You don't have to feel guilty about every purchase you make. Learn how to spend confidently.
I was recently sitting down with a new client who shared with me that they never know what they can afford. By afford, I don’t mean that they’re spending more than they earn. They’re not. They spend less than they make and save money each month. But are they saving enough? Can they afford to take a vacation this year? Or should that money be going into a retirement plan or their kids 529 plans?
Many Americans live paycheck to paycheck and drown in credit card debt. I’m not speaking to those folks. I’m talking to those that are spending responsibly and saving for the future. They do so to the point that they feel sick about spending money on things now that could bring themselves or their families a lot of joy. This particular young family hadn’t been on a vacation that their parents hadn’t paid for in 3 years because they feared what they were saving wasn’t enough and that they’d never be able to accumulate enough to retire.
You don’t have to regret every dollar you spend. To combat this ugly doubt, you need to a plan! Don’t simply save an arbitrary amount of your paycheck and live blindly, hoping someday it will accumulate to an ample amount. Instead, take some time to calculate what your money could grow to by a date you think you hope to reach financial independence and see if it will cover your lifestyle. When you’re in your 30’s, I know it can be difficult to predict when you might retire or how fast your money will grow. Whether your work with a financial planner or create your own calculations, you should create a projection that will at the very least give you an idea whether you’re in the ballpark. Without any idea, though, it’s like leaving the harbor without a map or compass.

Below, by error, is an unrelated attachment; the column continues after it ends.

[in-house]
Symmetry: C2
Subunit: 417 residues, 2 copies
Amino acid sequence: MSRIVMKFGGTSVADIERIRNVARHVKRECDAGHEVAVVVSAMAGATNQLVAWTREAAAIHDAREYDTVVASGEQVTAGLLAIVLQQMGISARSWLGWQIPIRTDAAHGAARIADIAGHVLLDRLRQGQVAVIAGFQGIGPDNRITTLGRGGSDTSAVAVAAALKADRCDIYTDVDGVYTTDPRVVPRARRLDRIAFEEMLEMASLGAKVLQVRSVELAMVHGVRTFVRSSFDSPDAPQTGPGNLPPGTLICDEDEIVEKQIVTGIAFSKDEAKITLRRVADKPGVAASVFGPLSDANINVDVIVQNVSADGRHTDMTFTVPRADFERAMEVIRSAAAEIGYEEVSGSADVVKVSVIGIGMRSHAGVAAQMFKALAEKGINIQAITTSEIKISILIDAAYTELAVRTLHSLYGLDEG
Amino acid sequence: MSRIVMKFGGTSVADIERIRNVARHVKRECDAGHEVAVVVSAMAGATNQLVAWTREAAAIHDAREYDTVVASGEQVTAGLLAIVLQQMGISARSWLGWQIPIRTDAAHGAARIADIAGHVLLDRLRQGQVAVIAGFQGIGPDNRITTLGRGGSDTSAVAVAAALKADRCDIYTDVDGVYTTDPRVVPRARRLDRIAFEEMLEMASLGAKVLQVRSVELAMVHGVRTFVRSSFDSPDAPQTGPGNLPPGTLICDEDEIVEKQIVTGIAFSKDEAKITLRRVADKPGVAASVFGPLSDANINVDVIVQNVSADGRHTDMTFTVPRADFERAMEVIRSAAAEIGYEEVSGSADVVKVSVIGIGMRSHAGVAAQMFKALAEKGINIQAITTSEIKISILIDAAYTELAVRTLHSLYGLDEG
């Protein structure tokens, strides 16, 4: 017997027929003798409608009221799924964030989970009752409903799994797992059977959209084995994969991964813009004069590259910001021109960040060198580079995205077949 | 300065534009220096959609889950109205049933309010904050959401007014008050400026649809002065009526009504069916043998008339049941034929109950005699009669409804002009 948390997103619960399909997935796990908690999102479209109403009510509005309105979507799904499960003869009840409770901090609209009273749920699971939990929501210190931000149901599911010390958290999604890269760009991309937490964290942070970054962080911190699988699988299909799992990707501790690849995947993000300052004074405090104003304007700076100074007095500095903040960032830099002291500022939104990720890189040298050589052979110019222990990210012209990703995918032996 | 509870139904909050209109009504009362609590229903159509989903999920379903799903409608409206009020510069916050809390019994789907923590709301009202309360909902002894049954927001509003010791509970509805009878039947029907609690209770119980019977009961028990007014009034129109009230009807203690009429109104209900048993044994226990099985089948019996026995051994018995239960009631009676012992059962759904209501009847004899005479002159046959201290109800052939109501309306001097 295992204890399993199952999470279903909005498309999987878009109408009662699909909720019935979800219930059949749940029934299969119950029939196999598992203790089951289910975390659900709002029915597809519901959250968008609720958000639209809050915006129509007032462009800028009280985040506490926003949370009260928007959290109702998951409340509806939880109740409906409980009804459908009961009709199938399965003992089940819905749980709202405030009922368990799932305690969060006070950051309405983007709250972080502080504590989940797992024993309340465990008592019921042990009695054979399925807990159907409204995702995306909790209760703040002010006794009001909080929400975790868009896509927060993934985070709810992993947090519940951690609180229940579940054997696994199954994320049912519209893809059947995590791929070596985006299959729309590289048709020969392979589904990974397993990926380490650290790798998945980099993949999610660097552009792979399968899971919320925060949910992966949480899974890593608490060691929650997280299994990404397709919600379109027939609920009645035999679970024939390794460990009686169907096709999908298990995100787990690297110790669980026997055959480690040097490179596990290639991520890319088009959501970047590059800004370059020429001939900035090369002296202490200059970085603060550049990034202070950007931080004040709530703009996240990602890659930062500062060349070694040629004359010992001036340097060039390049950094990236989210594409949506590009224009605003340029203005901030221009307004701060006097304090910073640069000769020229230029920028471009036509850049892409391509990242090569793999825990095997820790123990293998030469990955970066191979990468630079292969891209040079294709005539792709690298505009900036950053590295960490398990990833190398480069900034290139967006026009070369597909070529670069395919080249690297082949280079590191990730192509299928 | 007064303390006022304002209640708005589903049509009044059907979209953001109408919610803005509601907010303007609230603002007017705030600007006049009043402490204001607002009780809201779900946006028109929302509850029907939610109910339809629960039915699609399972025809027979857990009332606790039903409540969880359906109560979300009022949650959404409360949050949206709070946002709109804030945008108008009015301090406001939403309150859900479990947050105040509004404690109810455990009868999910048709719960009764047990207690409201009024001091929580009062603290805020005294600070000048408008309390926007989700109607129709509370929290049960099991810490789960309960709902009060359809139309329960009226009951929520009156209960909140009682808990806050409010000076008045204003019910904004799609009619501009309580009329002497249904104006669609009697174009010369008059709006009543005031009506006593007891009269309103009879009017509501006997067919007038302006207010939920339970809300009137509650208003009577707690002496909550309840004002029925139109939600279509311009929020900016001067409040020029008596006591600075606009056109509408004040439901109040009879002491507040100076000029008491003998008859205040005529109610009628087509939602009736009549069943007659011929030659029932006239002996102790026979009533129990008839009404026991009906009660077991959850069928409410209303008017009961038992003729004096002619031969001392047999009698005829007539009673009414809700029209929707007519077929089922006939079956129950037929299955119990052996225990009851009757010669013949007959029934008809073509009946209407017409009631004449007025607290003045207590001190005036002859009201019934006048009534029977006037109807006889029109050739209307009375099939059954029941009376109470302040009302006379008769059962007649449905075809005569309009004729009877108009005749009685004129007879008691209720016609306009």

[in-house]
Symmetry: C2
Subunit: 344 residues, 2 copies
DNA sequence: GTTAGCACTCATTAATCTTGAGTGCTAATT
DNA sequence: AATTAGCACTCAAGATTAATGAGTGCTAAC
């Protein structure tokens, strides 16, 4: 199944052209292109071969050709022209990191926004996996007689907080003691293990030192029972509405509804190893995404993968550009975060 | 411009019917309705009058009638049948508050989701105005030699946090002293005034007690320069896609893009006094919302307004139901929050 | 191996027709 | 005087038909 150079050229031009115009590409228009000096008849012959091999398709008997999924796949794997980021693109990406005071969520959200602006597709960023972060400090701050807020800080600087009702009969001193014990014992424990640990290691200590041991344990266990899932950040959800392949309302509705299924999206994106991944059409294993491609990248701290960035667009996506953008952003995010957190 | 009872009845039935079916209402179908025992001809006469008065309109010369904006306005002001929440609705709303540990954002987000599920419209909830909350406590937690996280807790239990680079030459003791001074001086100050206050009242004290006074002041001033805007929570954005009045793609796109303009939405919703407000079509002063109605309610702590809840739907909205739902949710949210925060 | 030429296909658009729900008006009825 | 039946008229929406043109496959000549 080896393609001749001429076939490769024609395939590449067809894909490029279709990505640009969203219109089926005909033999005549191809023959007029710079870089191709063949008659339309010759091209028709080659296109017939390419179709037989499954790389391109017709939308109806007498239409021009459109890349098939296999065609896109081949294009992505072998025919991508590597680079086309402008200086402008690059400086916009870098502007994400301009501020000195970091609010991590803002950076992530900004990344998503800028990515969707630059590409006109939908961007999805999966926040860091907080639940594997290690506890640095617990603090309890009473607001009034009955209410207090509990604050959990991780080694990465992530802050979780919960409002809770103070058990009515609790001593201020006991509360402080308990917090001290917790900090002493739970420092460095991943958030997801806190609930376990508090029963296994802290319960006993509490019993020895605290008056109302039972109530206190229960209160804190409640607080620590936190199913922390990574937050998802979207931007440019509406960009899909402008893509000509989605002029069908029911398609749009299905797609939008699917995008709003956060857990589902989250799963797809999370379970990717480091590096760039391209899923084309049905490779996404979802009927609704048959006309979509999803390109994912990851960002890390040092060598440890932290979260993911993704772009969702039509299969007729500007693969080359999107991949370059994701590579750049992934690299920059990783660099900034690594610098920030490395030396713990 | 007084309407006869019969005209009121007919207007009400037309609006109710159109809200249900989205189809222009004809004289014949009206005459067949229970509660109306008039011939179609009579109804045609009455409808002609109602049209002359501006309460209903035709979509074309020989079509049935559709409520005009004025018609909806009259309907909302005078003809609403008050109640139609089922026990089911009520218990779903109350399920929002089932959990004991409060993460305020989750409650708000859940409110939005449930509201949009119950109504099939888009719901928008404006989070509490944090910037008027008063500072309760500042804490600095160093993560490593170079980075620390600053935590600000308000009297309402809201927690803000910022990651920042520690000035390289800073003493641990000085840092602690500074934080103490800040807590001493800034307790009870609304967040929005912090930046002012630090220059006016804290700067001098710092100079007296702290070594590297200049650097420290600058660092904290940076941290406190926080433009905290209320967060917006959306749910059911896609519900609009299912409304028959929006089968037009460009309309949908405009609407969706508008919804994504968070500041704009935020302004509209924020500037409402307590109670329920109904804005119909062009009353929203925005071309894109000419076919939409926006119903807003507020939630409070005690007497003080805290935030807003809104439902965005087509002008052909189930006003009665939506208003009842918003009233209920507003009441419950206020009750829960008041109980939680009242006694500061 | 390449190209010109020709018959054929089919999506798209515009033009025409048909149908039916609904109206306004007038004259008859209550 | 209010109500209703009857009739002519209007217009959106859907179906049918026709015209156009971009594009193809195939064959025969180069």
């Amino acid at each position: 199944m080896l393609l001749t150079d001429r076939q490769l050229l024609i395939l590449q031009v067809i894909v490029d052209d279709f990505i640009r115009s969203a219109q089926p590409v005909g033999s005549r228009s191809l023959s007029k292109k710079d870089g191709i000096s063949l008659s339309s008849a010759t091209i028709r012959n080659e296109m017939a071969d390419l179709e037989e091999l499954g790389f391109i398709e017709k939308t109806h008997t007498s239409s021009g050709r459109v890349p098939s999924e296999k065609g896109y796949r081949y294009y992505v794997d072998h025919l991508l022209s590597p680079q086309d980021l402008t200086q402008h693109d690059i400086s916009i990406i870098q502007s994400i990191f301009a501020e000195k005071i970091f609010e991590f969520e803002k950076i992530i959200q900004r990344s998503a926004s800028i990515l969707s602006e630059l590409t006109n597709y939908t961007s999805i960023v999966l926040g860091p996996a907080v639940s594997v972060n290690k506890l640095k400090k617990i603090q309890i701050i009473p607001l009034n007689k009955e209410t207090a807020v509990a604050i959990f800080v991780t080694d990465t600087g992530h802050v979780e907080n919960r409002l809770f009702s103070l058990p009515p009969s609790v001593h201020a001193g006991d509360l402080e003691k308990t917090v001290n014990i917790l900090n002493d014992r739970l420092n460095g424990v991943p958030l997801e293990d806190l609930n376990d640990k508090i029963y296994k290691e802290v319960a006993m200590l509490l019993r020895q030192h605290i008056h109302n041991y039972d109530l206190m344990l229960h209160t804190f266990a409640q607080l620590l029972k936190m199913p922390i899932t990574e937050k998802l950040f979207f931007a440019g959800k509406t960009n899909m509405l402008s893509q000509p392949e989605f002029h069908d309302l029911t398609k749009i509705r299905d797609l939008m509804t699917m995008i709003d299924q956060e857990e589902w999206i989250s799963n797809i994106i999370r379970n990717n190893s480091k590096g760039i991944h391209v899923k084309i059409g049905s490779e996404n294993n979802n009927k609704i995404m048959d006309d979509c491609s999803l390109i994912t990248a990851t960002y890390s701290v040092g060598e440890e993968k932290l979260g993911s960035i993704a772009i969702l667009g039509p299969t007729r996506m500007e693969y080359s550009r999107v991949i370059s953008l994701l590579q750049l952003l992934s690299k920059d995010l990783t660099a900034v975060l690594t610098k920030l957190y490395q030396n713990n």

We know with certainty that projections won’t be correct when you look out several decades, but they give you a sense of direction. It’s the exercise that’s important. You’d be surprised at what an increase of 2% to your savings can amount to over 30 years, but you won’t know whether you need to make adjustments like these until you run the numbers!
For this family, some relatively minor adjustments showed them that they are heading in the right direction. We increased contributions to their retirement plan by $50/week. The change won’t be a significant drag on their life today, but will allow them more flexibility at some point in the future. The biggest impact, however, is that they now feel more confident that they can spend some of their income on things their young family can enjoy today. Financial planning isn’t about accumulating the most money to leave behind the day you die; it’s about using your resources to get the most out of life today and in the future.
You don’t have to regret every purchase you make. You just need to have a plan so you can spend confidently. Take a vacation without worrying that you’ll never reach financial independence.